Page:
Adding the mantle contribution

To compute mantle traction, we used density anomalies from S40RTS and SAW642AN tomography models along with their hybrid counterparts, SINGH_S40RTS and SINGH_SAW, which are obtained by embedding the Singh et al. (2014) tomography model in these global models, respectively. The mantle tractions are computed from these models for two radially varying viscosity structures using HC convection code. The stresses associated with these tractions are then added to those obtained from GPE only models, to account for both the sources of deformation in this region. Adding the contribution from mantle tractions improved the fit to surface observations for all three crustal models, but most prominently for CRUST2.

Thus, in our recent study (Singh and Ghosh, 2020), we suggest that a coupled model of lithosphere and mantle density variations can successfully explain the observations of strain rates, stresses and plate motions within the Indian plate and India-Eurasia collision zone. We also found that the relative contribution of lithosphere versus mantle forces varies depending on the crustal model used. Therefore, the inaccuracies in determining lithosphere structure (density and thickness) will lead to inaccuracies in estimating the relative contribution of these forces. Hence, an accurate crustal model is essential when trying to understand deformation.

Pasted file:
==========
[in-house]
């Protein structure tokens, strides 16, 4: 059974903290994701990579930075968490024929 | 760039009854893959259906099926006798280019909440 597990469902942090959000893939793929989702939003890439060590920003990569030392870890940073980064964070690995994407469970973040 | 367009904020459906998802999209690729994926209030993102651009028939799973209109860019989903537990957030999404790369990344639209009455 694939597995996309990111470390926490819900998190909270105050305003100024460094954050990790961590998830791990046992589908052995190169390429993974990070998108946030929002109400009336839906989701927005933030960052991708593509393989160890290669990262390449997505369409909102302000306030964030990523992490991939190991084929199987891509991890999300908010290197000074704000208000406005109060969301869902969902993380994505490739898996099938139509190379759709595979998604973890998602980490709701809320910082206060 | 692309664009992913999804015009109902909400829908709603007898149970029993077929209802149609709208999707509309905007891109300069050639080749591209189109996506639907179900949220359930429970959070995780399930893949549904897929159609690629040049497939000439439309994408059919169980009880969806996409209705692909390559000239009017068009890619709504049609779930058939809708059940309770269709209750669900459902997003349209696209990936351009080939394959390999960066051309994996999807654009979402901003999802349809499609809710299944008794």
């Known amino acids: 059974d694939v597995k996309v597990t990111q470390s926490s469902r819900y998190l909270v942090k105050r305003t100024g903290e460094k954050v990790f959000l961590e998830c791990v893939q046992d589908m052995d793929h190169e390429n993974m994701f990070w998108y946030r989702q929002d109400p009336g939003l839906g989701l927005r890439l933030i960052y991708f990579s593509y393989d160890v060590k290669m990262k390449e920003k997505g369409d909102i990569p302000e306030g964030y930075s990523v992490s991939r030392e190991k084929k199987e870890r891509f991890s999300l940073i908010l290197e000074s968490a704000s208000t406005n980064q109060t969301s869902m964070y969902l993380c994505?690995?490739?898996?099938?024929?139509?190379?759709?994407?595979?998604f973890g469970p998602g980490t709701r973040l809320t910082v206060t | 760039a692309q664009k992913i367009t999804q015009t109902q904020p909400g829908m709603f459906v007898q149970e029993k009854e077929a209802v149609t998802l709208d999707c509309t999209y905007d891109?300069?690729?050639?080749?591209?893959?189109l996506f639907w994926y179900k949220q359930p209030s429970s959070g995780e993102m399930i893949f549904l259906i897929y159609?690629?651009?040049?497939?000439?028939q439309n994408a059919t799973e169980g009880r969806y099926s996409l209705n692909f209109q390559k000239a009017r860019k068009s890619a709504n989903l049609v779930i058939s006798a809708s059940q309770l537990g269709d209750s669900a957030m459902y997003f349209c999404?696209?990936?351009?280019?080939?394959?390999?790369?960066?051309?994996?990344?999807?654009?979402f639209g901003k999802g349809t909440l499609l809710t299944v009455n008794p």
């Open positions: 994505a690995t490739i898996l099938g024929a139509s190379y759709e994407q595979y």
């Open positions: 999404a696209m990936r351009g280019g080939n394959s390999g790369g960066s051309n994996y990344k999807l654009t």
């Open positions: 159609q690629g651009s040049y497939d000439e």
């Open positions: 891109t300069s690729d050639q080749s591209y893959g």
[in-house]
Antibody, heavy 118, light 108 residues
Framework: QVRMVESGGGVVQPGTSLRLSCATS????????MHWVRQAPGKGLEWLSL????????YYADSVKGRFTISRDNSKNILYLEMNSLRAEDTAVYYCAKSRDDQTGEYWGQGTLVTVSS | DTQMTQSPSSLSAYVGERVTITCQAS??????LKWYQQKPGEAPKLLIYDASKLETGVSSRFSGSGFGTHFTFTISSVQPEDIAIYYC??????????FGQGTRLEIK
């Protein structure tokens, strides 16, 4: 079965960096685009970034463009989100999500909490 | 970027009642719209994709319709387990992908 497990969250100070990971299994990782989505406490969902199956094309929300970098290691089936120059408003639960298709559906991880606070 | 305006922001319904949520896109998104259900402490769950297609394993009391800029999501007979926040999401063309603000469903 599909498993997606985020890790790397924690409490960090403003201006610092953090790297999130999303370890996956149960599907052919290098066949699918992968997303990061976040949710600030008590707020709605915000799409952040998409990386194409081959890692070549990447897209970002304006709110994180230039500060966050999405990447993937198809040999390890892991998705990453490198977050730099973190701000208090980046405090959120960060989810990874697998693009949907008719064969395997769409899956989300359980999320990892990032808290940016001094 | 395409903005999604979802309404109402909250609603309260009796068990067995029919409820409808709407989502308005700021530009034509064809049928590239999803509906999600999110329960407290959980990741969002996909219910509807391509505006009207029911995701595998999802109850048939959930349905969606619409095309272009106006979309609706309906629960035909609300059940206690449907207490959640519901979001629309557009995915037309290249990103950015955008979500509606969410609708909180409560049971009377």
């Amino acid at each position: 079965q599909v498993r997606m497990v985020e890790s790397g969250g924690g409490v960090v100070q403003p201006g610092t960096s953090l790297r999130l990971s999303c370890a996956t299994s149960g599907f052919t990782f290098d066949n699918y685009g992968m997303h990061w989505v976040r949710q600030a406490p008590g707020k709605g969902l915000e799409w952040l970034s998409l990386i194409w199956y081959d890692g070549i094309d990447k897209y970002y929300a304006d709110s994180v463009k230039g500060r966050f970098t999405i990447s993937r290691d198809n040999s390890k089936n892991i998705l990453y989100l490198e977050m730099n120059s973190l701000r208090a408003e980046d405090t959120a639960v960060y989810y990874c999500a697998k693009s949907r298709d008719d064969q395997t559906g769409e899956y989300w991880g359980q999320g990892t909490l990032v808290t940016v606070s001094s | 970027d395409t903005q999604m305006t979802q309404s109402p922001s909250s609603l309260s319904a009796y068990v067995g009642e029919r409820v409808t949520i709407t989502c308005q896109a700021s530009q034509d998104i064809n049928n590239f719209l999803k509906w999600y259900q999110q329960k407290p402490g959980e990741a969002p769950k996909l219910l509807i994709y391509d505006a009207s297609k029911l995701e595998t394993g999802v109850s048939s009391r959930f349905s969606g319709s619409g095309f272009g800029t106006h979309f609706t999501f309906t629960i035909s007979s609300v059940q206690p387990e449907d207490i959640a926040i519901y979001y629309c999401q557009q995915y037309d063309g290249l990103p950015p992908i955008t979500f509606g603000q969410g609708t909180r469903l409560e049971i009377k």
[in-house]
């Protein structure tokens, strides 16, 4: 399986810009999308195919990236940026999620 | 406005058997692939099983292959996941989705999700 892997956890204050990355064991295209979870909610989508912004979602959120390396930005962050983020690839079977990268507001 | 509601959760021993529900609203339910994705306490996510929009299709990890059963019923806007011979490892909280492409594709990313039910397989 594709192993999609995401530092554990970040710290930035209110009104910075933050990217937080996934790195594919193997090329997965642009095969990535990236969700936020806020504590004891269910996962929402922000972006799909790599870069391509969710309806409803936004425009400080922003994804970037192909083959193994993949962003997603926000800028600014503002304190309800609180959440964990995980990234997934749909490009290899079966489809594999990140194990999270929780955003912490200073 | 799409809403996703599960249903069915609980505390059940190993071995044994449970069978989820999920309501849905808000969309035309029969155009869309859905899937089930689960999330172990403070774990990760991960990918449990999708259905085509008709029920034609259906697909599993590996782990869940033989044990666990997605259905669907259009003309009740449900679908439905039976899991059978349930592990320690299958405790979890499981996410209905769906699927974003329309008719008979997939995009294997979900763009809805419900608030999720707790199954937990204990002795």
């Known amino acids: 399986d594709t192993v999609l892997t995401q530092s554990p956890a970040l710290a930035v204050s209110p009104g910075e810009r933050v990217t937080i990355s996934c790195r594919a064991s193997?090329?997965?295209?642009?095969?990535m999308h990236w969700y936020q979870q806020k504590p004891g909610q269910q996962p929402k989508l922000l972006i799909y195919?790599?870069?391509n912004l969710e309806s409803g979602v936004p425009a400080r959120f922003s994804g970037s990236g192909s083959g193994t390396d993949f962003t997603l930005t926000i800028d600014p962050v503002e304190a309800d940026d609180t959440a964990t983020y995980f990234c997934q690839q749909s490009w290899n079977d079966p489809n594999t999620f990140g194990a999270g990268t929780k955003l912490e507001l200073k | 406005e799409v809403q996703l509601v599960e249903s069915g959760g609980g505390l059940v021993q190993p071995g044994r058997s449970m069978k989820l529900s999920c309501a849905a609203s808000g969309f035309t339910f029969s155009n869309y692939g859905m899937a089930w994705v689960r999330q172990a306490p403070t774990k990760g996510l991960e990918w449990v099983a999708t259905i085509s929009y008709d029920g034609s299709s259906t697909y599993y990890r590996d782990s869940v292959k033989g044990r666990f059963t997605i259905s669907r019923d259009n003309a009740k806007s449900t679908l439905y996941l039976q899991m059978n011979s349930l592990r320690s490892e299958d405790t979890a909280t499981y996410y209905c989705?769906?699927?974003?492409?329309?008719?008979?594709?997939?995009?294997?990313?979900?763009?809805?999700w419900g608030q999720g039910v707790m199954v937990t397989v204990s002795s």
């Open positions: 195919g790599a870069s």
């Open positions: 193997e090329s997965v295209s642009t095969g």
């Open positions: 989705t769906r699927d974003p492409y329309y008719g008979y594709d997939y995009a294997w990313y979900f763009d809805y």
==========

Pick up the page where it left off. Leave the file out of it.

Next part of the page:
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Scientist, National Geophysical Research Institute, India

Jyotirmoy is a postdoc at the University of Bayreuth. He previously worked on the longevity of cratons using time-dependent mantle convection models. He is presently working on effect of grain size dependent rheology in the lower mantle dynamics. Jyotirmoy is part of the GD blog team as an editor. He is also manages the GD Facebook page as part of the social media team. You can reach Jyotirmoy via twitter @GeophyJo.

1 Comment

  1. Very nice read